McDonald's is rolling out their Rewards program, so as part of our Loyalty Program Examples series I wanted to take a quick look at how it compares to other fast food programs, in this case Chick-Fil-A One. McDonald's is usually not the first, but rather takes the time to learn from competitors, coming in later in to outflank them with an informed strategy.
Often, the executive order comes down to launch a loyalty program, or perhaps overhaul the current one. It is a challenging assignment, because if you ask 10 people what makes an effective loyalty program, you’ll get as many different answers. For example, the CEO might be a frequent flyer and believe that it’s all about earning miles, while the CFO may be more in favor of a recognition program that doesn’t carry points liabilities. Meanwhile executives in operations could be more interested in a program that improves the customer experience and reduces strain on front line staff. So, what’s the right answer?!
As noted in Loyalty Measurement: C-Suite Needs a Balanced Scorecard, executives need a balanced presentation of results to gauge program performance. Engagement, one of the three elements of the LoyaltyLevers Balanced Scorecard, is a leading indicator of Loyalty Program success. The five measures of loyalty program Engagement are detailed in this article.
As noted in Loyalty Measurement: C-Suite Needs a Balanced Scorecard, executives need a balanced presentation of results to gauge program performance. Loyalty Sentiment is one of the three elements of the LoyaltyLevers Balanced Scorecard, with measurement of the appeal of Loyalty Program Benefits and Member Affinity. These key indicators gauge the equity you are building with positive Loyalty Sentiment and Emotional Loyalty. This article dives deeper into measuring Loyalty Sentiment.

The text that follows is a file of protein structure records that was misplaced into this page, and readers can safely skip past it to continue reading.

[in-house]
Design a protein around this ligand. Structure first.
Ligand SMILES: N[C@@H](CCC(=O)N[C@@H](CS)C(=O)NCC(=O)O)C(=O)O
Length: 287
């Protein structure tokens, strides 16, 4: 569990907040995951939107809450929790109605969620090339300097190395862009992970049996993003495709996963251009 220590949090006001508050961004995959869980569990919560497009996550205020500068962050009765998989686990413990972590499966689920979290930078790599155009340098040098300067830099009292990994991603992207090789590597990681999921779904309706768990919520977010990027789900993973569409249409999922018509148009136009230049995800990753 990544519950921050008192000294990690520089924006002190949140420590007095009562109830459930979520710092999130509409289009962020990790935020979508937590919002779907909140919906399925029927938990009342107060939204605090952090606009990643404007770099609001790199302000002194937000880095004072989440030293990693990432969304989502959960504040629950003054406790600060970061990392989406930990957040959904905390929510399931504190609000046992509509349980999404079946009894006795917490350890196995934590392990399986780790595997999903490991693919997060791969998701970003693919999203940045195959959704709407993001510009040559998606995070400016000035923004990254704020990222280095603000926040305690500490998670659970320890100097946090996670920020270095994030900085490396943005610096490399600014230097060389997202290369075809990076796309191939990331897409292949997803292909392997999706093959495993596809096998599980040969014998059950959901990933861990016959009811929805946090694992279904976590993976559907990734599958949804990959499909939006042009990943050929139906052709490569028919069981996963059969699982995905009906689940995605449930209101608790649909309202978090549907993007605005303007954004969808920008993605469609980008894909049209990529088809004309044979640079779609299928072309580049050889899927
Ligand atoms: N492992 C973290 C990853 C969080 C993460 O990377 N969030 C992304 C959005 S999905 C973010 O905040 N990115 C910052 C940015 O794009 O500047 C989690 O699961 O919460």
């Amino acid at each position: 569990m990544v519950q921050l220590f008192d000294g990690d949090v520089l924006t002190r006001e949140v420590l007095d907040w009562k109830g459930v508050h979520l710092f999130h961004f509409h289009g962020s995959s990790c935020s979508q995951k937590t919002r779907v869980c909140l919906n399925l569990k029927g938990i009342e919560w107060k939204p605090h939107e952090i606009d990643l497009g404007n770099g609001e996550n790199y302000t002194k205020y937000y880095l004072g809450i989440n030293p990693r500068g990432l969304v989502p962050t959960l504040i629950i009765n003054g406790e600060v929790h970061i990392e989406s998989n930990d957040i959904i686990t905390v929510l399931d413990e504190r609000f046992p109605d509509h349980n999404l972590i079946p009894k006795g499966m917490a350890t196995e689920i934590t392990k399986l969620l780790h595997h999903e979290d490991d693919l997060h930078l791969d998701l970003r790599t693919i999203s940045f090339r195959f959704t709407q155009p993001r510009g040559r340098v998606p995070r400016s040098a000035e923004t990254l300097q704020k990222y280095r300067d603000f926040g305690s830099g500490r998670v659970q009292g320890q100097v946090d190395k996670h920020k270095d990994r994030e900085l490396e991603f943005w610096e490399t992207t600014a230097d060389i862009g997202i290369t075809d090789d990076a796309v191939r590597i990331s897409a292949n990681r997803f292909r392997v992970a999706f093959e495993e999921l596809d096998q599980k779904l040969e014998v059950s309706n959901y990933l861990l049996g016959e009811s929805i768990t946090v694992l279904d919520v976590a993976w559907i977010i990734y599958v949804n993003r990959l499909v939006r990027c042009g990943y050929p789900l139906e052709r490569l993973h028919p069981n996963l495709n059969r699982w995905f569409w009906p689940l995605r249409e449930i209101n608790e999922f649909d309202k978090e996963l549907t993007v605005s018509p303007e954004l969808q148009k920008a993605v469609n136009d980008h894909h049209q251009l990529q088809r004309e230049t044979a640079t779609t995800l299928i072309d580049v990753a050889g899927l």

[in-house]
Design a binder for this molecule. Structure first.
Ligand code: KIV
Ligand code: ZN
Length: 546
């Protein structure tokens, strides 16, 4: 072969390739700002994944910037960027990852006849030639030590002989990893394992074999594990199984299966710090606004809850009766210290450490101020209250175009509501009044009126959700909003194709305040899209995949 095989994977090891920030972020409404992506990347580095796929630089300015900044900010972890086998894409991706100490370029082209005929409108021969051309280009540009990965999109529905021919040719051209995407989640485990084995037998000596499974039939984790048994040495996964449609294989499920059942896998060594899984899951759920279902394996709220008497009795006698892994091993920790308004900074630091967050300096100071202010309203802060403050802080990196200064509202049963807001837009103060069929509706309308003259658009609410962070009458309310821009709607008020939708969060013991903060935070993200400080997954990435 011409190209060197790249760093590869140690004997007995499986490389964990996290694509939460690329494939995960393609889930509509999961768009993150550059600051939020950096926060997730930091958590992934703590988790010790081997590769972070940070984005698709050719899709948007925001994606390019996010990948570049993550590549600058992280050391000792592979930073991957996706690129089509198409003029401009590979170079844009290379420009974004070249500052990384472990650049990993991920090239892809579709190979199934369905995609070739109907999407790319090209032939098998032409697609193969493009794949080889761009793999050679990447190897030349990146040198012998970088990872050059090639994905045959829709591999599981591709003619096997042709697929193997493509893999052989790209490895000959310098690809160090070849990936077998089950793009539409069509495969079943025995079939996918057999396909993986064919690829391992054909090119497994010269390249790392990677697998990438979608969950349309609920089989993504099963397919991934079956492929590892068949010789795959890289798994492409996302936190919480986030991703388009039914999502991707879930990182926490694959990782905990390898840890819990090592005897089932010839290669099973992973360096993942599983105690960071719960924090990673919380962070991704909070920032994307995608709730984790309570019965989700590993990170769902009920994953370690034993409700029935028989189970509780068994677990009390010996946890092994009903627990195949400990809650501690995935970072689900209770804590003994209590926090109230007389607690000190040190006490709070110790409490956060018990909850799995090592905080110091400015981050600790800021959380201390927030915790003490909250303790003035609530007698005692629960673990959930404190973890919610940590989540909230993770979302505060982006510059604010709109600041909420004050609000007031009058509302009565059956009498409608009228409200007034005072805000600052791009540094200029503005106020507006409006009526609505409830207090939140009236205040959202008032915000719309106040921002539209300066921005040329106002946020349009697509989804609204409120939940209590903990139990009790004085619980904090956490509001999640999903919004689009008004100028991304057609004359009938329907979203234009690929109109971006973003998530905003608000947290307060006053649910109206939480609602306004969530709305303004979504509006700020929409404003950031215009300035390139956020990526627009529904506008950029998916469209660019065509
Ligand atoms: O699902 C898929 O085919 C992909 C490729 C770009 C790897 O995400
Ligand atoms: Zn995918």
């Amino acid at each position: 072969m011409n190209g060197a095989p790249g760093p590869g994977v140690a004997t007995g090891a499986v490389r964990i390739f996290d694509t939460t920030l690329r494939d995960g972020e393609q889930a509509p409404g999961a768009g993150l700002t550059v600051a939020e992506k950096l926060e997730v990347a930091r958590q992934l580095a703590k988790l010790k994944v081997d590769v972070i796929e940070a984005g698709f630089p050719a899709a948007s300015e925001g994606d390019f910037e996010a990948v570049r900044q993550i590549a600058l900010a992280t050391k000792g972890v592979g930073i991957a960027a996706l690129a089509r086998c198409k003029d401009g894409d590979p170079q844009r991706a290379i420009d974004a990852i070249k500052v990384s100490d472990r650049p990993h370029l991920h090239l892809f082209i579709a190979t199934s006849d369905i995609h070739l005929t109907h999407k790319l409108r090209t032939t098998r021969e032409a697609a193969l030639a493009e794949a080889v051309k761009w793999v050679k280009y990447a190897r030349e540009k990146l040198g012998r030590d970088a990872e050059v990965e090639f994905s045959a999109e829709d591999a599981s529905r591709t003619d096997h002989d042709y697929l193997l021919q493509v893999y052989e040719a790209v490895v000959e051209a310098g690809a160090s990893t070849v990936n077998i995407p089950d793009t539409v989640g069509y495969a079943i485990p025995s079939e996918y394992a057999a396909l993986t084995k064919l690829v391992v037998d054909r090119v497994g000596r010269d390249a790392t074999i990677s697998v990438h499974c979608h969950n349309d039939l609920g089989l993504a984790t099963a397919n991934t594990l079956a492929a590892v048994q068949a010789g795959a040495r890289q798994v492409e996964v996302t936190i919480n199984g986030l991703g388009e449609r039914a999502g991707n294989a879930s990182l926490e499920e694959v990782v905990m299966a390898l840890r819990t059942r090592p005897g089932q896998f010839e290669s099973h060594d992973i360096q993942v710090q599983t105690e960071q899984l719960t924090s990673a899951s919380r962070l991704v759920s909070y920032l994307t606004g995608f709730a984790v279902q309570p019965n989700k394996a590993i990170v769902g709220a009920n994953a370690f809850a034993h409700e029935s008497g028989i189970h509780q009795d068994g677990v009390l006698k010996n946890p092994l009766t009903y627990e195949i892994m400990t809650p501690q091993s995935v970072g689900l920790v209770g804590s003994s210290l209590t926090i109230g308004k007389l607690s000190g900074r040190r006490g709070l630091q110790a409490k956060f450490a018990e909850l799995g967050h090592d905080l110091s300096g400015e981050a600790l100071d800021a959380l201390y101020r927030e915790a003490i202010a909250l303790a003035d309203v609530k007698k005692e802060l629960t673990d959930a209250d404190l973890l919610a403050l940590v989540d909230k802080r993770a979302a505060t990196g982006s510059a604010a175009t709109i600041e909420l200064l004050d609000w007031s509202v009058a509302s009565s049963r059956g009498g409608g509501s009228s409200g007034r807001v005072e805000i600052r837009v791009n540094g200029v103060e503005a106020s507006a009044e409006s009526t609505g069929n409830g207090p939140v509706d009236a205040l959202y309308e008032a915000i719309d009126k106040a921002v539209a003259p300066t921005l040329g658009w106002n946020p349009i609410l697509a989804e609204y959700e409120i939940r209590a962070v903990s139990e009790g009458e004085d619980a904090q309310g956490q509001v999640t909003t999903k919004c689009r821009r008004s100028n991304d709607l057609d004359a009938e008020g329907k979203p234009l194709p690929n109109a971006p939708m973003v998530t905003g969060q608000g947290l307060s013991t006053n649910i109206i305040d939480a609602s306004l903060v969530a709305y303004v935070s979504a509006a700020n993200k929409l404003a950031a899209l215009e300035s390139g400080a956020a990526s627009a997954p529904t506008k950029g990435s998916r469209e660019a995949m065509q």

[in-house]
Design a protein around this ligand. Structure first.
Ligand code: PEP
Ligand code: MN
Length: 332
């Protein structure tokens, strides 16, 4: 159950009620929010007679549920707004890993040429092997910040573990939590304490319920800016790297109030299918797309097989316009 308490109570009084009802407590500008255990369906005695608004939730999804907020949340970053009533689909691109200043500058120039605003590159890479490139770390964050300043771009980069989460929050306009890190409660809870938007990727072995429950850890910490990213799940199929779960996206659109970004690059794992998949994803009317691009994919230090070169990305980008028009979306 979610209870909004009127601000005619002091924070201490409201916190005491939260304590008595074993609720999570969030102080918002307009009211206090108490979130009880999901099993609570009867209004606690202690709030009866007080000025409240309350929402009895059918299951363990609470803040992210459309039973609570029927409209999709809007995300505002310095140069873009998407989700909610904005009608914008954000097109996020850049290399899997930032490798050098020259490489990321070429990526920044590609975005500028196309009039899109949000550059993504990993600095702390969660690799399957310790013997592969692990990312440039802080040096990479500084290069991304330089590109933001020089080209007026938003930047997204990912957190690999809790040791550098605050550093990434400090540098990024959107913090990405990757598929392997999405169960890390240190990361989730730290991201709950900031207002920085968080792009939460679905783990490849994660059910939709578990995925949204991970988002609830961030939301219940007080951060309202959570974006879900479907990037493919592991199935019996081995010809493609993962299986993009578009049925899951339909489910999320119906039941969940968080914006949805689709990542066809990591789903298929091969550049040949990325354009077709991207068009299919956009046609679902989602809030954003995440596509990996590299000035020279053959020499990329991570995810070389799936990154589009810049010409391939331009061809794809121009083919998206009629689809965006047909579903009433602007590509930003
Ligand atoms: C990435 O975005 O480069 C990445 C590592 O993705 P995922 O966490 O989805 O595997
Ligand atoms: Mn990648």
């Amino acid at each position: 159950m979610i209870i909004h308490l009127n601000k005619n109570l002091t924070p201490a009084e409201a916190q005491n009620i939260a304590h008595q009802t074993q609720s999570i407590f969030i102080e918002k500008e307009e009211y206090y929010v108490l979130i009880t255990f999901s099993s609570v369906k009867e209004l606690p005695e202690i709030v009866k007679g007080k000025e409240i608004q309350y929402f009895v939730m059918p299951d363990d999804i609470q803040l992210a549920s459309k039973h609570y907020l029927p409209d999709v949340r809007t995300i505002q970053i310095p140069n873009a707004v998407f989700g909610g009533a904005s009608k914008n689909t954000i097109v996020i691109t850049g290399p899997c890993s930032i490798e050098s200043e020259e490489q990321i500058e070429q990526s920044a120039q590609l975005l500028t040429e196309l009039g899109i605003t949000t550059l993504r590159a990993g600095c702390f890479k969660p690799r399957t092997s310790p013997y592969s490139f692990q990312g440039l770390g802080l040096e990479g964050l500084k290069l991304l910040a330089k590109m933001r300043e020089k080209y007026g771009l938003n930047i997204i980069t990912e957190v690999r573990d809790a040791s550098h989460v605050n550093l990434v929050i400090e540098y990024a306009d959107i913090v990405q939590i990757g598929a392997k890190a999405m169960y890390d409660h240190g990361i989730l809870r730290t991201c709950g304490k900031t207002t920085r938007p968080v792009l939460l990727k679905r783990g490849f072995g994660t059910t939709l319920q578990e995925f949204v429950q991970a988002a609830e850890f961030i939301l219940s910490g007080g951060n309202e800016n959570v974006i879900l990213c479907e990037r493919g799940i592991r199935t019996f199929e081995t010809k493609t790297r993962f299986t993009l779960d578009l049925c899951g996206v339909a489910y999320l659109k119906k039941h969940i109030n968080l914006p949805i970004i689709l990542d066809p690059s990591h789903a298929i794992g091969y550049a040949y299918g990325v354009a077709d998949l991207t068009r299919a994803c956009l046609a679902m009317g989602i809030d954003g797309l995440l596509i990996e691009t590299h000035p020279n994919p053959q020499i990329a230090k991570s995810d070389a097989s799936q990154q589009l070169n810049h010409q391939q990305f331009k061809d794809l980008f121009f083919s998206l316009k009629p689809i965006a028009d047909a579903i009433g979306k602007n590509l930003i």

As noted in Loyalty Measurement: C-Suite Needs a Balanced Scorecard, executives need a balanced presentation of results to gauge program performance. As part of that, loyalty practitioners must measure and optimize the incremental impact of their programs. LoyaltyLevers Balanced Scorecard provides a unique solution to the challenge of causality. This article goes deeper into measuring Behavior changes and translating that into an estimate of incremental margin attributable to the program.
Ask your loyalty program owner to report out on their program results, and you might hear answers like “It’s hard to measure ROI”, “Redemptions are improving” or “Total revenue is up!”. This article is written especially for the busy CEO, CFO or CMO who wants a reliable yardstick, and it outlines the LoyaltyLevers Balanced Scorecard which provides a unique solution to measurement and optimization.
Surprise and Delight is a well-established component to great brand experiences and loyalty programs, harnessing the Decision Affect theory that unexpected outcomes have a greater impact than expected outcomes. Though best suited to service oriented businesses, others have found ways to side-step the challenges of scaling this approach, succeeding brilliantly in deepening emotional connections with their customers.
Have no doubt, this is a moment of opportunity for loyalty programs. Data privacy laws continue to tighten, which only increases the importance of first party, permission-based data. Consumers know the importance of their information, and loyalty programs can provide an important value exchange for the permission to use it. Presto -- loyalty programs are now becoming THE foundation to all data driven marketing, quite a turnaround for what brand marketers once viewed as a promotional side hustle.